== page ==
Tony Norwell, 
London SE2 

A Rare Bird (2005)

Book Review from the August 2005 issue of the Socialist Standard

Helen Macfarlane. A Feminist, Revolutionary Journalist, and Philosopher in Mid-Nineteenth-Century England. By David Black, Lexington Books, 2004. £15.

Helen Macfarlane was radicalised in Austria by the revolutions of 1848 which swept through Europe. On her return to Britain she took up revolutionary journalism under the pseudonym Howard Morton for the Chartist George Julian Harney. It was in Harney’s weekly newspaper Red Republican in 1850 that Macfarlane produced the first English translation of what became known as the Communist Manifesto. In the German original it was called Manifesto of the Communist Party but in the Red Republican its title was German Communism: Manifesto of the German Communist Party. Black is critical of this name change because the insertion of the word “German” into the title twice over “de-emphasises its internationalist thrust.” But this misses the point of the change, a reason the Red Republican seems to have understood but which is now widely misunderstood. That is, while the theoretical parts of the Manifesto have universal application the practical proposals (particularly at the end of Section 2) were put forward with Germany in mind at that time. That is why Marx and Engels later said that some parts of the Manifesto, particularly in Section 2, were obsolete (see the Preface to the German edition of 1872).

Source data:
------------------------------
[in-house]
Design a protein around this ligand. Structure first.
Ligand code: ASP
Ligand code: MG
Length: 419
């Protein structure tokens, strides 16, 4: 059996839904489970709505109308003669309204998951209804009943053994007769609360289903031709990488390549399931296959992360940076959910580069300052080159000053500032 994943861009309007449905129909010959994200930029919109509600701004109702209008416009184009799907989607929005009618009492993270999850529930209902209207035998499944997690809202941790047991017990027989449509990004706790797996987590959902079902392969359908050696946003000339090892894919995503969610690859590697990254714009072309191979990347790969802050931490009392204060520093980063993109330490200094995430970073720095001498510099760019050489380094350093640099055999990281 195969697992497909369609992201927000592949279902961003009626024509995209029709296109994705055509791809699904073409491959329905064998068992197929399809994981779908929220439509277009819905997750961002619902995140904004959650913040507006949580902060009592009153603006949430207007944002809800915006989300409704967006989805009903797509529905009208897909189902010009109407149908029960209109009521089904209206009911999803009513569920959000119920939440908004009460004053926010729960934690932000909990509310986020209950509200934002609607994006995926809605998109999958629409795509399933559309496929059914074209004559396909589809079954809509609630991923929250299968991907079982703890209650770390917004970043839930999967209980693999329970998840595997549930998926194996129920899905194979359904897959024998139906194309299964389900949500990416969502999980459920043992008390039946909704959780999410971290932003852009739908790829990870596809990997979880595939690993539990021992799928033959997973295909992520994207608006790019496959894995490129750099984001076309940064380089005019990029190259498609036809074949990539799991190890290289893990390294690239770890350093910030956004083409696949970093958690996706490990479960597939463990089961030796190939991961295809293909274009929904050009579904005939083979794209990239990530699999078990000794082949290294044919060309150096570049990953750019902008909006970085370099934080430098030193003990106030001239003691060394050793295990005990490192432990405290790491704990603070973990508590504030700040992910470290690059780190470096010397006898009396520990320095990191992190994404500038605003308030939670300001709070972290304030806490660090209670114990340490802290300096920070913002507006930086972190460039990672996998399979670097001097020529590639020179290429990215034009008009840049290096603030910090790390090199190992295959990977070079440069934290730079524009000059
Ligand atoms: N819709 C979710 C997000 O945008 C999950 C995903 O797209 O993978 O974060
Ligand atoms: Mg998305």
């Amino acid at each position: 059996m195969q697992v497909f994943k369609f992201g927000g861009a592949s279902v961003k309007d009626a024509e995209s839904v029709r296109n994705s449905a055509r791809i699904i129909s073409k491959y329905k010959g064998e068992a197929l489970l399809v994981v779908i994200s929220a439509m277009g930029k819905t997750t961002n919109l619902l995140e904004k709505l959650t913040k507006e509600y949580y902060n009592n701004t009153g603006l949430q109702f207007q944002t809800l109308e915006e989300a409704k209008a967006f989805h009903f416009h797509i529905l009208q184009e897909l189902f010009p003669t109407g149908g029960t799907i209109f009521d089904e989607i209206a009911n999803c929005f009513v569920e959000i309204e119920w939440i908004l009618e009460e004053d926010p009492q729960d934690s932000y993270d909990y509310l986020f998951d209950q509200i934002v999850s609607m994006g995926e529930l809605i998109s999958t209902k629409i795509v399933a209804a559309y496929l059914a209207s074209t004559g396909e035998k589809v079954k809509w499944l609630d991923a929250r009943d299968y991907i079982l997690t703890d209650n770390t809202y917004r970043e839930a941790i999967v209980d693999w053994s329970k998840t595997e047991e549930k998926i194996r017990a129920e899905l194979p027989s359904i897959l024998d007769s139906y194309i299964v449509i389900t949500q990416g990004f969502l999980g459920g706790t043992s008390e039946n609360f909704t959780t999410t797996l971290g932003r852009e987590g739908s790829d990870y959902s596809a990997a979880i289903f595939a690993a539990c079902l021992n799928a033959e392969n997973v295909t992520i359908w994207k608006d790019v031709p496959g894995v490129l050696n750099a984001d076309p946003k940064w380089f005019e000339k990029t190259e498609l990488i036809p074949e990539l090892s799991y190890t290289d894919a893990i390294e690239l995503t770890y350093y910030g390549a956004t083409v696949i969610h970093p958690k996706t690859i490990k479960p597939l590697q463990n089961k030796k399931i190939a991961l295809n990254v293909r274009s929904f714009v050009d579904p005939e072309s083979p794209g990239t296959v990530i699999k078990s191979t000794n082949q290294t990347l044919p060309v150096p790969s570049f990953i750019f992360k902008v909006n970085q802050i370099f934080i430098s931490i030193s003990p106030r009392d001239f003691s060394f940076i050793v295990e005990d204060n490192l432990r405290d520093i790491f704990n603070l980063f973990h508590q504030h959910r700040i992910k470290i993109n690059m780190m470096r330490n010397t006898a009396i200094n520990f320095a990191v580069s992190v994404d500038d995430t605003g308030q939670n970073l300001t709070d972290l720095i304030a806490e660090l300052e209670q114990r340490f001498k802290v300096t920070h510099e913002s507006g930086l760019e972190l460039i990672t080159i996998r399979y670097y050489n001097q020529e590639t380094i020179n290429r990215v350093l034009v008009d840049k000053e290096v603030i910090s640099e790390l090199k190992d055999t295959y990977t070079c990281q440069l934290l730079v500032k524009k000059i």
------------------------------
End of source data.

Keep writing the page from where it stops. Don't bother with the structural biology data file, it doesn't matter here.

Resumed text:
In the Red Republican version of the Manifesto, some parts are missing and others changed mainly to suit its English readership. In the 1888 English translation, supervised by Engels, the famous opening line begins: “A spectre is haunting Europe. The spectre of Communism.” But in Macfarlane’s translation this becomes: “A frightful hobgoblin stalks throughout Europe. We are haunted by a ghost. The ghost of Communism.” Black states that her use of “hobgoblin” rather than “spectre” is unfortunate, but it is possible that her English readers at that time more readily understood the hobgoblin metaphor.

Marx called Macfarlane “a rare bird” – “the only collaborator on his [Harney’s] spouting rag who had original ideas.” She was the first person to translate and explain in English the work of the German philosopher Hegel. She wrote a few other articles for the Red Republican in the 1850s but almost nothing is known of her in the years before or after. What seems certain however is that Macfarlane could be described as the first British Marxist, a generation before that term came into use.
Lew Higgins